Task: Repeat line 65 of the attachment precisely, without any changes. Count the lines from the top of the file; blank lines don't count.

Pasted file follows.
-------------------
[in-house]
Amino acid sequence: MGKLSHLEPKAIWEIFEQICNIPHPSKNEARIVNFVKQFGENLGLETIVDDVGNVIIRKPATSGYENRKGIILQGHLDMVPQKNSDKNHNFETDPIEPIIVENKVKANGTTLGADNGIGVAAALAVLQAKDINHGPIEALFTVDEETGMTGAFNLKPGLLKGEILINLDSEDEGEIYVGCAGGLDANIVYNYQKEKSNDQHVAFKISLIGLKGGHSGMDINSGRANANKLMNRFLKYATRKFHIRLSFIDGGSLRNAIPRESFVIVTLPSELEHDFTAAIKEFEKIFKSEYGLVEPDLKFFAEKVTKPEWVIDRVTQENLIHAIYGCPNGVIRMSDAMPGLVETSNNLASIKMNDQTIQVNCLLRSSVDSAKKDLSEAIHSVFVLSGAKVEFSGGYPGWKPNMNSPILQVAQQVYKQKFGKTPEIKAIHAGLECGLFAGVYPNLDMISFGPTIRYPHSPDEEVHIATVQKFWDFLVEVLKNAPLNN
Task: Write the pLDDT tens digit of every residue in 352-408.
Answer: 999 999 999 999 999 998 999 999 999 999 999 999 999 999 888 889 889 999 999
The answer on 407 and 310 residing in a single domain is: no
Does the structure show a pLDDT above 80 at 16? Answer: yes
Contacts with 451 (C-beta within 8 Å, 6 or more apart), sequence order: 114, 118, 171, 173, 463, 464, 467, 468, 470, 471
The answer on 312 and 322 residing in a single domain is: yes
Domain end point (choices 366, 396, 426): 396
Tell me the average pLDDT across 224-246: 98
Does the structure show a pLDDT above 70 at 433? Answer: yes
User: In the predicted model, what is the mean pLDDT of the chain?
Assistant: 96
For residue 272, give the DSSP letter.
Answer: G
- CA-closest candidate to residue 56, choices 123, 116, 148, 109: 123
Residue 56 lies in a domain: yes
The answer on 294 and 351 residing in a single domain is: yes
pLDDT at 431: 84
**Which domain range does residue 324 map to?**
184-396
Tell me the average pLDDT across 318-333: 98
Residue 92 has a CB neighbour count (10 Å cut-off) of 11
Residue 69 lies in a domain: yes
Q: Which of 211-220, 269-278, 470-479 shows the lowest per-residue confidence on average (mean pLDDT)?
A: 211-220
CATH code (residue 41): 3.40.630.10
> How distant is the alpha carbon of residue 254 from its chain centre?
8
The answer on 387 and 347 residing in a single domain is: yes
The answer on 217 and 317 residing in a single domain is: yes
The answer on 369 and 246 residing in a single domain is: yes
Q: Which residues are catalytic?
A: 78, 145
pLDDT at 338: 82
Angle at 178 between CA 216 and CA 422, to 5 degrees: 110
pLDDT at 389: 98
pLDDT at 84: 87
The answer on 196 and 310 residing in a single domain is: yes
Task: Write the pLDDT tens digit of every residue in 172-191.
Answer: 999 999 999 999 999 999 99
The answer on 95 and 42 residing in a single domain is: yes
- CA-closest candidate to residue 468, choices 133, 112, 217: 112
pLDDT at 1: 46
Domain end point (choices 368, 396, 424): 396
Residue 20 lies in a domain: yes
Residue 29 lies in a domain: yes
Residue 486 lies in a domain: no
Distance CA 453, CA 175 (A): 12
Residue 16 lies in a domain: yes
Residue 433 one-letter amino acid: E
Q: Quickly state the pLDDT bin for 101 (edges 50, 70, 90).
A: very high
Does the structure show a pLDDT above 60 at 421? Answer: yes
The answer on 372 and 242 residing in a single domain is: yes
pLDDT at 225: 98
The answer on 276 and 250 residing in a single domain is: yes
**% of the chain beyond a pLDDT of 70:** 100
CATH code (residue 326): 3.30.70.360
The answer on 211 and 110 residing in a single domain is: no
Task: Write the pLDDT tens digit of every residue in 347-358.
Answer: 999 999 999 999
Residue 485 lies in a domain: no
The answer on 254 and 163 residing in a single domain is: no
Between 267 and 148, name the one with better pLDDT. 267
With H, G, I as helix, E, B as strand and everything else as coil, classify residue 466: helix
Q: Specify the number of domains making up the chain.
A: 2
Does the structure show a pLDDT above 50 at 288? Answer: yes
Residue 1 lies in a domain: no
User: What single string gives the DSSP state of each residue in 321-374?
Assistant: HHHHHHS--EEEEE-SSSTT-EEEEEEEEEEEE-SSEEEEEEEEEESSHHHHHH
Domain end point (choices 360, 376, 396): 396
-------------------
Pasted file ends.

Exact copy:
Between 267 and 148, name the one with better pLDDT. 267